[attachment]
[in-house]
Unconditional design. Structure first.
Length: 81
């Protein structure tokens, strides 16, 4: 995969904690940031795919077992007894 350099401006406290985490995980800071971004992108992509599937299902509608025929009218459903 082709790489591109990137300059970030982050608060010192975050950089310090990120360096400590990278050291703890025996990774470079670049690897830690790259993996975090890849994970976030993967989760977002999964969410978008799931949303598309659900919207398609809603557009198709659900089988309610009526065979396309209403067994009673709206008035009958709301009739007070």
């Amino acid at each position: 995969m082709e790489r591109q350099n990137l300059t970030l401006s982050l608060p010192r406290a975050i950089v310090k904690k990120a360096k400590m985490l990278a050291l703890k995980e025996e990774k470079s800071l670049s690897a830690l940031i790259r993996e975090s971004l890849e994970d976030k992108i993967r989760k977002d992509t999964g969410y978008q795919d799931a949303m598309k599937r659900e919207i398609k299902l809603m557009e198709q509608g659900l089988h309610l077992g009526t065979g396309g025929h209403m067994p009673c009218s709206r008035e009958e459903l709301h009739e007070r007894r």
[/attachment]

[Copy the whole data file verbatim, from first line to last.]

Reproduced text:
[in-house]
Unconditional design. Structure first.
Length: 81
């Protein structure tokens, strides 16, 4: 995969904690940031795919077992007894 350099401006406290985490995980800071971004992108992509599937299902509608025929009218459903 082709790489591109990137300059970030982050608060010192975050950089310090990120360096400590990278050291703890025996990774470079670049690897830690790259993996975090890849994970976030993967989760977002999964969410978008799931949303598309659900919207398609809603557009198709659900089988309610009526065979396309209403067994009673709206008035009958709301009739007070």
């Amino acid at each position: 995969m082709e790489r591109q350099n990137l300059t970030l401006s982050l608060p010192r406290a975050i950089v310090k904690k990120a360096k400590m985490l990278a050291l703890k995980e025996e990774k470079s800071l670049s690897a830690l940031i790259r993996e975090s971004l890849e994970d976030k992108i993967r989760k977002d992509t999964g969410y978008q795919d799931a949303m598309k599937r659900e919207i398609k299902l809603m557009e198709q509608g659900l089988h309610l077992g009526t065979g396309g025929h209403m067994p009673c009218s709206r008035e009958e459903l709301h009739e007070r007894r």